Eagle Ford Shale Rig Count Increases by One to 264

Feds Approve Final Permit for Corpus Christi Condensate Splitter
Oil Tanker Leaving Port of Corpus Christi

Empty Oil Tanker Leaving Port of Corpus Christi – Click to Enlarge

The Eagle Ford Shale rig count increased by one to 264 rigs running across our coverage area by the end of last week.

In recent news, the Environmental Protection Agency (EPA) has given a subsidiary of Conneticut-based Castleton Commodities International the green light for the construction of new petroleum process facilities near Corpus Christi, TX. The EPA issued the final greenhouse gas and prevention of significant deterioration construction permit to the subsidiary, CCI Corpus Christi, LLC, on Sept. 15th.

The company plans to build two fractionation units, capable of producing a combined 100,000 b/d and a bulk petroleum terminal. The terminal will include storage tanks and barge loading operations that can handle 500,000 barrels a day of crude condensate for export.

Read more: EPA Grants Permit for $500 Million Corpus Christi Condensate Splitter

The U.S. rig count stayed flat at 1,931 rigs running by the end of last week. A total of 329 rigs were targeting natural gas (nine less than the previous week) and 1,601 were targeting oil in the U.S. (9 more than the previous week). The remainder were drilling service wells (e.g. disposal wells, injection wells, etc.).  900 or ~48% of rigs active in the U.S. were running in Texas.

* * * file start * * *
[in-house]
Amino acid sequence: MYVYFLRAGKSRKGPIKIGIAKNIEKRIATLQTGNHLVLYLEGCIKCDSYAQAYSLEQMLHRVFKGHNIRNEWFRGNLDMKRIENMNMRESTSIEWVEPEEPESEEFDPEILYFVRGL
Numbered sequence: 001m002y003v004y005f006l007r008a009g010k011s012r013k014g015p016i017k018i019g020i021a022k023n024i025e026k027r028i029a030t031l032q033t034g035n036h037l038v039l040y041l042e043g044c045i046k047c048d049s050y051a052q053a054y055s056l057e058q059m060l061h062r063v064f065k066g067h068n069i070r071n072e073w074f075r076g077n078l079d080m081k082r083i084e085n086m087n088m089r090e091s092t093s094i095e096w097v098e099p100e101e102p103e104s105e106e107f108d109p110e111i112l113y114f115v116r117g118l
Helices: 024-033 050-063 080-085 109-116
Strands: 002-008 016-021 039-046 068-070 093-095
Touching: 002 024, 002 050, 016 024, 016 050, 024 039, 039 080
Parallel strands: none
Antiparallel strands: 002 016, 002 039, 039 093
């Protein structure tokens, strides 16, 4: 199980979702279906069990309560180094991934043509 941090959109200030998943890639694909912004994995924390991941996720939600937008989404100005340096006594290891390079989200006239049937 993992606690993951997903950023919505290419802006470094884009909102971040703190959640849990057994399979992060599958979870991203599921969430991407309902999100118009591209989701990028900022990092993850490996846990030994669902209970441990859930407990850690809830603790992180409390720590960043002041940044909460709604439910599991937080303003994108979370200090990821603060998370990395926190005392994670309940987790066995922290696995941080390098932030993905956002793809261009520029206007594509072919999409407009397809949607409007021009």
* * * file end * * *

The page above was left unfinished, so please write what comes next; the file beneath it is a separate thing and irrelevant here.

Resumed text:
Baker Hughes rig count is quoted here. Baker Hughes also releases its own Eagle Ford Rig Count that covers the 14 core counties (205 rigs). The rig count published on EagleFordShale.com includes a 30 county area impacted by Eagle Ford development. A full list of the counties included can be found in the table near the bottom of this article.

Eagle Ford Oil & Gas Rigs

The natural gas rig count increased by one to 12 rigs running by the end of last week. Average rig counts for natural gas production in 2012 were around 80 and then dropped to around 40 in 2013. Natural gas prices stayed relatively flat from the previous week at $3.84/mmbtu on Friday afternoon.

The oil rig count stayed flat at 252 rigs running by the end of last week. WTI oil prices stayed relatively flat from the previous week, trading at $92.48/bbl on Friday afternoon. Eagle Ford light crude traded at $89.00/bbl on Sept. 19th.

A total of 246 rigs are drilling horizontal wells, eight rigs are drilling directional wells, and ten rigs are drilling vertical wells. Karnes, La Salle, and Dimmit each have at minimum 25 rigs running. Karnes County has the highest rig count this week at 37. See the full list below in the Eagle Ford Shale Drilling by County below

South Texas Oil & Gas News:

Be sure to visit our South Texas Oilfield Job Listings to search openings and come back weekly for updates or sign up for alerts – Daily or Weekly Email Alerts

Eagle Ford Shale Drilling by Count


County Previous Week Current Week County Previous Week Current Week
KARNES 38 37 LEE 3 4
LA SALLE 28 28 LEON 3 3
DIMMIT 25 25 WILSON 3 3
MCMULLEN 24 24 ZAVALA 3 3
DE WITT 23 22 GRIMES 2 2
WEBB 21 20 BEE 1 1
GONZALES 12 15 COLORADO 1 1
MADISON 12 14 GOLIAD 1 1
ATASCOSA 13 13 ROBERTSON 2 1
BRAZOS 12 11 WASHINGTON 1 1
LAVACA 11 11 AUSTIN 0 0
FRIO 5 7 DUVAL 2 0
LIVE OAK 7 7 MAVERICK 0 0
BURLESON 6 6 MILAM 0 0
FAYETTE 4 4 BASTROP 0 0

What is the Rig Count?

The Eagle Ford Shale Rig Count is an index of the total number of oil & gas drilling rigs running across a 30 county area in South Texas. The South Texas rigs referred to in this article are for ALL drilling reported by Baker Hughes and not solely wells targeting the Eagle Ford formation. All land rigs and onshore rig data shown here are based upon industry estimates provided by the Baker Hughes Rig Count.

The following two tabs change content below.
Kirk Eggleston

Kirk Eggleston

Contributor at EagleFordShale.com
Kirk Eggleston writes on significant news developments in the Eagle Ford and Bakken Shale plays. He is a former broadcast journalist, and has experience covering news and politics in the Texas and Louisiana markets.

Add a Comment

MENU